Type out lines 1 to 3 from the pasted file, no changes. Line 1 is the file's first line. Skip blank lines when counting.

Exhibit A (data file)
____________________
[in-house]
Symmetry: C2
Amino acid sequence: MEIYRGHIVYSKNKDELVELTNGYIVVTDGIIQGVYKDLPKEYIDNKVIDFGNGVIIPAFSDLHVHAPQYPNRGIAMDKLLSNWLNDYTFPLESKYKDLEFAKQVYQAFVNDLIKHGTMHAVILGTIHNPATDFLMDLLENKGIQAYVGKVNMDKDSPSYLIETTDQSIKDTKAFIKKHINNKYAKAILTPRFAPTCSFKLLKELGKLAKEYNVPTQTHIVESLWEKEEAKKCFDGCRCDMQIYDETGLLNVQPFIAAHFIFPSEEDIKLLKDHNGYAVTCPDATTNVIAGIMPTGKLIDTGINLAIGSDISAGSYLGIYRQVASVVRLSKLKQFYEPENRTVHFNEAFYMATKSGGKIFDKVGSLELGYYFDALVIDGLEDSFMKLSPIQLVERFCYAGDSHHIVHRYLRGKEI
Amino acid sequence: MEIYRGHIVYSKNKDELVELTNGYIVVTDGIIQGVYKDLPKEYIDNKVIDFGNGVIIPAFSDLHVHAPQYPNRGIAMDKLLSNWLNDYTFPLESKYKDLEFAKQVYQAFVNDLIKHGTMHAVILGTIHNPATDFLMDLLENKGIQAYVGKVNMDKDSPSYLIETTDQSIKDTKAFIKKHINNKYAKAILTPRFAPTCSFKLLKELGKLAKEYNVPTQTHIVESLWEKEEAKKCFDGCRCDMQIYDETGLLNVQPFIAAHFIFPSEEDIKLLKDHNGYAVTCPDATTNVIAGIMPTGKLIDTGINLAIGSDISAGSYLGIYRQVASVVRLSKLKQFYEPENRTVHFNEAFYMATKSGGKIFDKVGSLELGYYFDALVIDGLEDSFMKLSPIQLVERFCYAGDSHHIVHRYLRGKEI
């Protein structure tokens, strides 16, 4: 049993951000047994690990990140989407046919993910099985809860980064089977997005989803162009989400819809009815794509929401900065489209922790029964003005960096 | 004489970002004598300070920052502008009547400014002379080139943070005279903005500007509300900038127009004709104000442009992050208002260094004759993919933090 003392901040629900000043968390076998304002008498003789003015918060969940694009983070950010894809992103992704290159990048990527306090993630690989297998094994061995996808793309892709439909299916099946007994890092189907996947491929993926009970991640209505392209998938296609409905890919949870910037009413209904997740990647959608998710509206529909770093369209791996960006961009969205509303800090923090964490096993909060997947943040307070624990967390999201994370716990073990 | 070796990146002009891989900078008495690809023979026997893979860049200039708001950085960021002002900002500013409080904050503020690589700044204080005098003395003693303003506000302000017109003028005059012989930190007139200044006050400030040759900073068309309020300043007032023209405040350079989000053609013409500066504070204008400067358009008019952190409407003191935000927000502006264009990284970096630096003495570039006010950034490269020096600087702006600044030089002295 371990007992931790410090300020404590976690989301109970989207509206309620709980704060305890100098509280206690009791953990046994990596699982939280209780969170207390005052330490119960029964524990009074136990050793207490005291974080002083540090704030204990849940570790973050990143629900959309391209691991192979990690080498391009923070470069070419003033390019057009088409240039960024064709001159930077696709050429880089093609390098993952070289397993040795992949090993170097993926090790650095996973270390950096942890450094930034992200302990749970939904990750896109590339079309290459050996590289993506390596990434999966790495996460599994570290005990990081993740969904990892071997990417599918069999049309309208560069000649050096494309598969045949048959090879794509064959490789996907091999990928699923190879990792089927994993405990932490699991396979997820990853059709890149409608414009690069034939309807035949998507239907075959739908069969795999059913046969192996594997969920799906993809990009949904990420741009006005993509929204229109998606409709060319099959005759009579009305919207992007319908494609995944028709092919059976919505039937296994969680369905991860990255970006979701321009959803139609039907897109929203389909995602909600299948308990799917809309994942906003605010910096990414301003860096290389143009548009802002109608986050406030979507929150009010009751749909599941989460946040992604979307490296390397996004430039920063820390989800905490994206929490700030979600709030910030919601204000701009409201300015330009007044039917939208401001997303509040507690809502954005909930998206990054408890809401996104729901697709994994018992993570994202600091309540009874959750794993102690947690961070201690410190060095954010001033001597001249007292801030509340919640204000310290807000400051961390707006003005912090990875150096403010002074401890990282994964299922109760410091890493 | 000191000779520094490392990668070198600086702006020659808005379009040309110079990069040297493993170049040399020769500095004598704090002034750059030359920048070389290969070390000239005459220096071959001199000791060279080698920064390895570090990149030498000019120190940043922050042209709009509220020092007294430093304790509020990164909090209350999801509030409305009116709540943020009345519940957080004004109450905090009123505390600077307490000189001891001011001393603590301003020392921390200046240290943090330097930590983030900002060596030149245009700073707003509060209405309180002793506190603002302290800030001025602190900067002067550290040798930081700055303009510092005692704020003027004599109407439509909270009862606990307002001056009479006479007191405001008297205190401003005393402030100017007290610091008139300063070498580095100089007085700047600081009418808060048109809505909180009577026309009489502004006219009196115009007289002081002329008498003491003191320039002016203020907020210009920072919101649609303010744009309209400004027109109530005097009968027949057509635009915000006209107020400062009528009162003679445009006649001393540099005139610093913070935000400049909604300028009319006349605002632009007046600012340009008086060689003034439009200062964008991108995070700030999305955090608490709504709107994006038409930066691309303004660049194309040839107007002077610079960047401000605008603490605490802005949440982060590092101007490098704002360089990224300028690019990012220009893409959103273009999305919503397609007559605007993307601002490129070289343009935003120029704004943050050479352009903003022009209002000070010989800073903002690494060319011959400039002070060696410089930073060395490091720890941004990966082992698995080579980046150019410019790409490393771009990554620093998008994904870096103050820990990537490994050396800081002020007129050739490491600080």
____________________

[in-house]
Symmetry: C2
Amino acid sequence: MEIYRGHIVYSKNKDELVELTNGYIVVTDGIIQGVYKDLPKEYIDNKVIDFGNGVIIPAFSDLHVHAPQYPNRGIAMDKLLSNWLNDYTFPLESKYKDLEFAKQVYQAFVNDLIKHGTMHAVILGTIHNPATDFLMDLLENKGIQAYVGKVNMDKDSPSYLIETTDQSIKDTKAFIKKHINNKYAKAILTPRFAPTCSFKLLKELGKLAKEYNVPTQTHIVESLWEKEEAKKCFDGCRCDMQIYDETGLLNVQPFIAAHFIFPSEEDIKLLKDHNGYAVTCPDATTNVIAGIMPTGKLIDTGINLAIGSDISAGSYLGIYRQVASVVRLSKLKQFYEPENRTVHFNEAFYMATKSGGKIFDKVGSLELGYYFDALVIDGLEDSFMKLSPIQLVERFCYAGDSHHIVHRYLRGKEI